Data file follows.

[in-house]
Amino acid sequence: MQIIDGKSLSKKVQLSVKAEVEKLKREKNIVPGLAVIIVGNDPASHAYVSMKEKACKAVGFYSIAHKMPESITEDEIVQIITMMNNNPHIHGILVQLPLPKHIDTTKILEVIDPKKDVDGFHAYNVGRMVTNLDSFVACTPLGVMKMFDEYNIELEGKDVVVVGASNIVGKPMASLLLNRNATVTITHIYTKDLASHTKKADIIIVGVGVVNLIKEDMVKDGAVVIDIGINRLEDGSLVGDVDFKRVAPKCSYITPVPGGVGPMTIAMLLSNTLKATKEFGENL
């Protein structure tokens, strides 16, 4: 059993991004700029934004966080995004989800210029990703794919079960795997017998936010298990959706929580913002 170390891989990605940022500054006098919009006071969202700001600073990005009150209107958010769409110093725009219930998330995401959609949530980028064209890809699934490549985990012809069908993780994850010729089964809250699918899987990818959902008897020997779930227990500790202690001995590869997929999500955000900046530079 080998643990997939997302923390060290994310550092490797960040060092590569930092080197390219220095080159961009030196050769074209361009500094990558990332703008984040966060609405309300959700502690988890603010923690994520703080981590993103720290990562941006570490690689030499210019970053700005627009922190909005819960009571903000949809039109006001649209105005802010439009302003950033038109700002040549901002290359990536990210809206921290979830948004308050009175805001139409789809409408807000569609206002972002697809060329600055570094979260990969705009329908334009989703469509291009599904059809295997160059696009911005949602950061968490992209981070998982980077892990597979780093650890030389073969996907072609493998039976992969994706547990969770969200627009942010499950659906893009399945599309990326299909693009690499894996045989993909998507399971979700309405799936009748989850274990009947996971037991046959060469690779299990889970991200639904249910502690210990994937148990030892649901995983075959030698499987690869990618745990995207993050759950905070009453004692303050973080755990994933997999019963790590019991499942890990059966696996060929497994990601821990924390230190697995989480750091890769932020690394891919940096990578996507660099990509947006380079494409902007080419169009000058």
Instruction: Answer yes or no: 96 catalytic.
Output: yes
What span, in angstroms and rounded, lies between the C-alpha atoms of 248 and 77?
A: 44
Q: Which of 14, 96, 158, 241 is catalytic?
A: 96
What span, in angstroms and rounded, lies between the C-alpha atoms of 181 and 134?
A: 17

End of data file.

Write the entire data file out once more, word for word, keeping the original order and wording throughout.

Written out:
[in-house]
Amino acid sequence: MQIIDGKSLSKKVQLSVKAEVEKLKREKNIVPGLAVIIVGNDPASHAYVSMKEKACKAVGFYSIAHKMPESITEDEIVQIITMMNNNPHIHGILVQLPLPKHIDTTKILEVIDPKKDVDGFHAYNVGRMVTNLDSFVACTPLGVMKMFDEYNIELEGKDVVVVGASNIVGKPMASLLLNRNATVTITHIYTKDLASHTKKADIIIVGVGVVNLIKEDMVKDGAVVIDIGINRLEDGSLVGDVDFKRVAPKCSYITPVPGGVGPMTIAMLLSNTLKATKEFGENL
């Protein structure tokens, strides 16, 4: 059993991004700029934004966080995004989800210029990703794919079960795997017998936010298990959706929580913002 170390891989990605940022500054006098919009006071969202700001600073990005009150209107958010769409110093725009219930998330995401959609949530980028064209890809699934490549985990012809069908993780994850010729089964809250699918899987990818959902008897020997779930227990500790202690001995590869997929999500955000900046530079 080998643990997939997302923390060290994310550092490797960040060092590569930092080197390219220095080159961009030196050769074209361009500094990558990332703008984040966060609405309300959700502690988890603010923690994520703080981590993103720290990562941006570490690689030499210019970053700005627009922190909005819960009571903000949809039109006001649209105005802010439009302003950033038109700002040549901002290359990536990210809206921290979830948004308050009175805001139409789809409408807000569609206002972002697809060329600055570094979260990969705009329908334009989703469509291009599904059809295997160059696009911005949602950061968490992209981070998982980077892990597979780093650890030389073969996907072609493998039976992969994706547990969770969200627009942010499950659906893009399945599309990326299909693009690499894996045989993909998507399971979700309405799936009748989850274990009947996971037991046959060469690779299990889970991200639904249910502690210990994937148990030892649901995983075959030698499987690869990618745990995207993050759950905070009453004692303050973080755990994933997999019963790590019991499942890990059966696996060929497994990601821990924390230190697995989480750091890769932020690394891919940096990578996507660099990509947006380079494409902007080419169009000058």
Instruction: Answer yes or no: 96 catalytic.
Output: yes
What span, in angstroms and rounded, lies between the C-alpha atoms of 248 and 77?
A: 44
Q: Which of 14, 96, 158, 241 is catalytic?
A: 96
What span, in angstroms and rounded, lies between the C-alpha atoms of 181 and 134?
A: 17